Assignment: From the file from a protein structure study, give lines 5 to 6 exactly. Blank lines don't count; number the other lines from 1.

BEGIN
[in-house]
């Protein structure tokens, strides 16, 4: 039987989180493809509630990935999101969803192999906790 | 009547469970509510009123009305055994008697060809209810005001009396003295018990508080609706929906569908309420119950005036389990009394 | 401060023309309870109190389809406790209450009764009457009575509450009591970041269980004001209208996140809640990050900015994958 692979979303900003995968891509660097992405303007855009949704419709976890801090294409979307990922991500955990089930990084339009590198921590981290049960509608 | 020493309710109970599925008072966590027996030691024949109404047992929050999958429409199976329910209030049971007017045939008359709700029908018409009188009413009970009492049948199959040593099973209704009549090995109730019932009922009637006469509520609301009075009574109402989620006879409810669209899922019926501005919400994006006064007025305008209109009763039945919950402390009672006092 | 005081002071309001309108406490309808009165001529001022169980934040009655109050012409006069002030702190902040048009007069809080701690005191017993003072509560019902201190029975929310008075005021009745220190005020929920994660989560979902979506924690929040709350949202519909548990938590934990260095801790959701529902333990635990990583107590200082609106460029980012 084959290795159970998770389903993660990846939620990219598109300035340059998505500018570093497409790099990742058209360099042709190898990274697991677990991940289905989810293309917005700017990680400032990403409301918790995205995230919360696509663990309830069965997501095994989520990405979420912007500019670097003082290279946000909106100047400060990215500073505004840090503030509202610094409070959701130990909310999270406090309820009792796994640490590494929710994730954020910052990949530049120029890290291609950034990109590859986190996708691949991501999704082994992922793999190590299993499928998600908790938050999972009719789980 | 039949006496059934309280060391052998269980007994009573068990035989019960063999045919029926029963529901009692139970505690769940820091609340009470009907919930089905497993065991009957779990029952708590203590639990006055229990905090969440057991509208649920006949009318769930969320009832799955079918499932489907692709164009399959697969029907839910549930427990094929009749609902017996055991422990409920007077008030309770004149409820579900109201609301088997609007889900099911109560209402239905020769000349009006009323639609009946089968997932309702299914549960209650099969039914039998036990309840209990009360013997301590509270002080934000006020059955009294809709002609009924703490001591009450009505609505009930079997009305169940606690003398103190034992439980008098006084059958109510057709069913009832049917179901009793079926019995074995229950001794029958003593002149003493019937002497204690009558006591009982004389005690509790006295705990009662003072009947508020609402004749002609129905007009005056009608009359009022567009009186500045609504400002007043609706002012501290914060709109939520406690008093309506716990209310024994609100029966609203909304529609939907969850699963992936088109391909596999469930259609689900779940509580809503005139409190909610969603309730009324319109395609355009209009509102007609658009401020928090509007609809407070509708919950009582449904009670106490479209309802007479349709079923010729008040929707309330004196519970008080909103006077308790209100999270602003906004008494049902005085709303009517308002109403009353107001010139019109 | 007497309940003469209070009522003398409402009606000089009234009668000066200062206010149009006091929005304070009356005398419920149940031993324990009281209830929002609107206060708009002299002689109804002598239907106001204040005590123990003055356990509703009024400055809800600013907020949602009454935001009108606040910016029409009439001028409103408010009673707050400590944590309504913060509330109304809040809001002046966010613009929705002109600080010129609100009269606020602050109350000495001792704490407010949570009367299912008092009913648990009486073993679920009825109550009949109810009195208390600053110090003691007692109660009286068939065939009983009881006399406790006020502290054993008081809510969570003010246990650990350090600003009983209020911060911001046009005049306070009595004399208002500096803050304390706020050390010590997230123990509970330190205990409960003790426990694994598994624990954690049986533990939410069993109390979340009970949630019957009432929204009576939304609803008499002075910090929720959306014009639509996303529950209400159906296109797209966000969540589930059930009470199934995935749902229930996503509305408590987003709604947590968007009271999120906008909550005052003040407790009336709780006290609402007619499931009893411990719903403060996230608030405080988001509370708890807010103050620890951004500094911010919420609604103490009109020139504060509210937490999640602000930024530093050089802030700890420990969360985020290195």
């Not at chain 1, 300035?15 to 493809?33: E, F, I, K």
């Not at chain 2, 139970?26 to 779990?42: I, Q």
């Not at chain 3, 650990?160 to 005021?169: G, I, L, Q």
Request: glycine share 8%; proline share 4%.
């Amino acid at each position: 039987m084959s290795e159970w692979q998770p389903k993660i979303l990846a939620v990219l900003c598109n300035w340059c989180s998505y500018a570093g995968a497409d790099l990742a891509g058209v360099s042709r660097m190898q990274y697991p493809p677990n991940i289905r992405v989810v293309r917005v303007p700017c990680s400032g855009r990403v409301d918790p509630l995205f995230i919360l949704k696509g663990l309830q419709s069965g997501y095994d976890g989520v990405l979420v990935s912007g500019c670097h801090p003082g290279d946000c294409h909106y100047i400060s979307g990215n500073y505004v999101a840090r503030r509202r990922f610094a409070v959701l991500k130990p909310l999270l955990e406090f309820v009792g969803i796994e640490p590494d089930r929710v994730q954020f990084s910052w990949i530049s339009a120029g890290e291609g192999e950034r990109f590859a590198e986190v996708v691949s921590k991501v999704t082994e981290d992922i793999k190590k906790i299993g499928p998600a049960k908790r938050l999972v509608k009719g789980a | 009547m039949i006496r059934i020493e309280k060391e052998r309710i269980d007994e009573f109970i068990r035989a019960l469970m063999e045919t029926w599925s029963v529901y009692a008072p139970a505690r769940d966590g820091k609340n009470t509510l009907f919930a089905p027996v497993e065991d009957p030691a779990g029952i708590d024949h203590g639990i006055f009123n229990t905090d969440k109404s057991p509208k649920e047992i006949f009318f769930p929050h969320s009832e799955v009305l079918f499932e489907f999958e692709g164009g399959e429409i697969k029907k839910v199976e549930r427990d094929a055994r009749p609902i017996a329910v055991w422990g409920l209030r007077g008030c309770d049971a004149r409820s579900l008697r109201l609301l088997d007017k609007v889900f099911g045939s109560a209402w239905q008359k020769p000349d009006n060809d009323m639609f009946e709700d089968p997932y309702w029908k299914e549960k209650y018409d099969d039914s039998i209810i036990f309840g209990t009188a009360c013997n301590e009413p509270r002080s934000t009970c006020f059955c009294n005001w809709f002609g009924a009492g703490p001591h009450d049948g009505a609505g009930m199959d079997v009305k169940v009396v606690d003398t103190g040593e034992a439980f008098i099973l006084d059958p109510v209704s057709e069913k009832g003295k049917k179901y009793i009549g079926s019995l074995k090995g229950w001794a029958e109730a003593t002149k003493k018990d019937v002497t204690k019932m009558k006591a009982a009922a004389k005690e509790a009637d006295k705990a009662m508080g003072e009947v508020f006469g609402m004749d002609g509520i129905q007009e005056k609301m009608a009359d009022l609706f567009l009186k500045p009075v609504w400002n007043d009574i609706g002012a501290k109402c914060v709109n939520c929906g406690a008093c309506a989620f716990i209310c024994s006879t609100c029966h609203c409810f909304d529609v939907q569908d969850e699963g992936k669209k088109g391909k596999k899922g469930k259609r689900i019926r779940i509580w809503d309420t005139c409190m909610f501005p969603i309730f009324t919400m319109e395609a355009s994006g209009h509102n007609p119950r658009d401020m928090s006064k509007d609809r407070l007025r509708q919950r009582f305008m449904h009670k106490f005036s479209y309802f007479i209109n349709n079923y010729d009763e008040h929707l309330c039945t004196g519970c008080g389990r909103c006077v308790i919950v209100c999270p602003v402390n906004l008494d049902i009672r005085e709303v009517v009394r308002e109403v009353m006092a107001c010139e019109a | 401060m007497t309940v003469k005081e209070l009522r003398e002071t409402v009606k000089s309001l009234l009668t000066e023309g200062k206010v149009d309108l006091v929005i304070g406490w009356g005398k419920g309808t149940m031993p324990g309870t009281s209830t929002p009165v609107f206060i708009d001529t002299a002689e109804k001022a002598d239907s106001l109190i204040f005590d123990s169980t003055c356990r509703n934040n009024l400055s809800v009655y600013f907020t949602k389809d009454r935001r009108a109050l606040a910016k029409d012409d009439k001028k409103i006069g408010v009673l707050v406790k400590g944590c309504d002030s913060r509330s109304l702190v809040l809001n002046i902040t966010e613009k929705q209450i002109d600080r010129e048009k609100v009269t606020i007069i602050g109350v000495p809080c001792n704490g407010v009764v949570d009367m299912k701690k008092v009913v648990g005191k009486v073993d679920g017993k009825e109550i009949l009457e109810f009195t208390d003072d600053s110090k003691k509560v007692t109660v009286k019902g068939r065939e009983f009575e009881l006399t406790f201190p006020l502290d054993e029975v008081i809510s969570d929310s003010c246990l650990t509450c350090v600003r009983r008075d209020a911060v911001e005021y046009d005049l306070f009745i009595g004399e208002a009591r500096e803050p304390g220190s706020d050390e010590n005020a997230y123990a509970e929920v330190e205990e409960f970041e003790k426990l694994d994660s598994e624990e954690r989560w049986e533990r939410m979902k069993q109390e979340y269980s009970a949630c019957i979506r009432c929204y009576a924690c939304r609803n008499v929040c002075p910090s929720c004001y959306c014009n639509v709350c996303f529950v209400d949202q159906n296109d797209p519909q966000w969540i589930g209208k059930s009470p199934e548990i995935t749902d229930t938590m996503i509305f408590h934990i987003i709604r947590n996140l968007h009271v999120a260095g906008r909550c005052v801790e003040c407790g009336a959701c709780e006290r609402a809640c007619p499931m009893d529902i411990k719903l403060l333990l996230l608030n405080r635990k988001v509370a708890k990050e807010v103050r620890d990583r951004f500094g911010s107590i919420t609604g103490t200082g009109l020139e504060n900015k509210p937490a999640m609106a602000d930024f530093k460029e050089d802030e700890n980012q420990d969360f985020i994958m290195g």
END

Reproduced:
């Not at chain 3, 650990?160 to 005021?169: G, I, L, Q």
Request: glycine share 8%; proline share 4%.